[LINK] Re: MR97/2010: ... parental lock standard ...
Roger.Clarke at xamax.com.au
Wed Aug 4 20:10:19 AEST 2010
> From: "Australian Communications & Media Authority" <media at acma.gov.au>
> The technical standard requires the parental lock feature be
>available in domestic reception equipment ...
> 'The standard ensures that certain equipment supplied to the market ...
The term 'domestic' has (at least) two mainstream uses.
Is ACMA, and is the (government-imposed) 'standard', referring to:
(a) domestic as in 'the home', in particular of the nuclear family; or
(b) the domestic economy?
My personal position is that:
(1) a 'parental lock' for genuine 'parents' is a *good* thing; but
(2) a 'parental lock' for the nanny state is anything but.
So what happens in the case of public display equipment, at cinemas,
concerts, airport lounges, pubs, conference venues, university
lecture theatres, etc.?
To the extent that the same equipment, or even the same componentry,
is used in all devices, they get the same parental lock feature; and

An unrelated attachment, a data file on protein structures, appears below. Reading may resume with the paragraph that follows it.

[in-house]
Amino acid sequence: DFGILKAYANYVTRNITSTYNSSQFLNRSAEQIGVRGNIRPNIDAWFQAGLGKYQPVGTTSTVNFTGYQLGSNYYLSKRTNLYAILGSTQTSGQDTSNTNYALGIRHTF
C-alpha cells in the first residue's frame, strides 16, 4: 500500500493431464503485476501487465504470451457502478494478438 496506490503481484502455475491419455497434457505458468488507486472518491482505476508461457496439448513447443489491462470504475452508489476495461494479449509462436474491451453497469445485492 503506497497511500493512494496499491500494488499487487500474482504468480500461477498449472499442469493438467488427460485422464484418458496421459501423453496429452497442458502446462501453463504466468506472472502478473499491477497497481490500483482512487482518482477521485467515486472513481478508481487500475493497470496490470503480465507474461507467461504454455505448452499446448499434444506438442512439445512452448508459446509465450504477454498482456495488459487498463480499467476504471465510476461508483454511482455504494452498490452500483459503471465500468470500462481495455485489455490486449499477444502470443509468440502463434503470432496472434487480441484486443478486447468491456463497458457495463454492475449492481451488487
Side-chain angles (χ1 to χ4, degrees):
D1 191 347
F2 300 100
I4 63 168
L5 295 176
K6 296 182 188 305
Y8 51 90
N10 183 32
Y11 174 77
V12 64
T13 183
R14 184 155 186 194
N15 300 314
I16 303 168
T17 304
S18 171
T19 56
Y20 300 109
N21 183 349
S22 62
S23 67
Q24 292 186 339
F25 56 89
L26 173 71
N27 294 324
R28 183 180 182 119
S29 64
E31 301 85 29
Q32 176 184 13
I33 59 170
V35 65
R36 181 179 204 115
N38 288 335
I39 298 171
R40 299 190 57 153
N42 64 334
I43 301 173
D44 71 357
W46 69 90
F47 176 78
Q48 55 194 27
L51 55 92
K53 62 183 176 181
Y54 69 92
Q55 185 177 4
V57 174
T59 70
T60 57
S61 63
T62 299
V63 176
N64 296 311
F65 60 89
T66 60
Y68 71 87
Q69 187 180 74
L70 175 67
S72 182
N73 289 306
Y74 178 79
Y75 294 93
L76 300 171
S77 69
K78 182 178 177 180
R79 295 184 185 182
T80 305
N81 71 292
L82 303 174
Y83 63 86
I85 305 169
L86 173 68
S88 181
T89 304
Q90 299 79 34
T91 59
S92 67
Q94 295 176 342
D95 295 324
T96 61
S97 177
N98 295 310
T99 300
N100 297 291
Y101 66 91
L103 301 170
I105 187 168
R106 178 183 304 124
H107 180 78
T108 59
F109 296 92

then we start to have arguments about the default setting.
The term 'the architecture of surveillance' is all-too-often just a
waffle-word used by humanities types sipping their chardonnay.
But requirements like this - and China (and India) wanting backdoor
entry to RIM's encrypted transmissions between Blackberries - all too
easily result in censorship and surveillance facilities becoming the
Roger Clarke http://www.rogerclarke.com/
Xamax Consultancy Pty Ltd 78 Sidaway St, Chapman ACT 2611 AUSTRALIA
Tel: +61 2 6288 1472, and 6288 6916
mailto:Roger.Clarke at xamax.com.au http://www.xamax.com.au/
Visiting Professor in the Cyberspace Law & Policy Centre Uni of NSW
Visiting Professor in Computer Science Australian National University
More information about the Link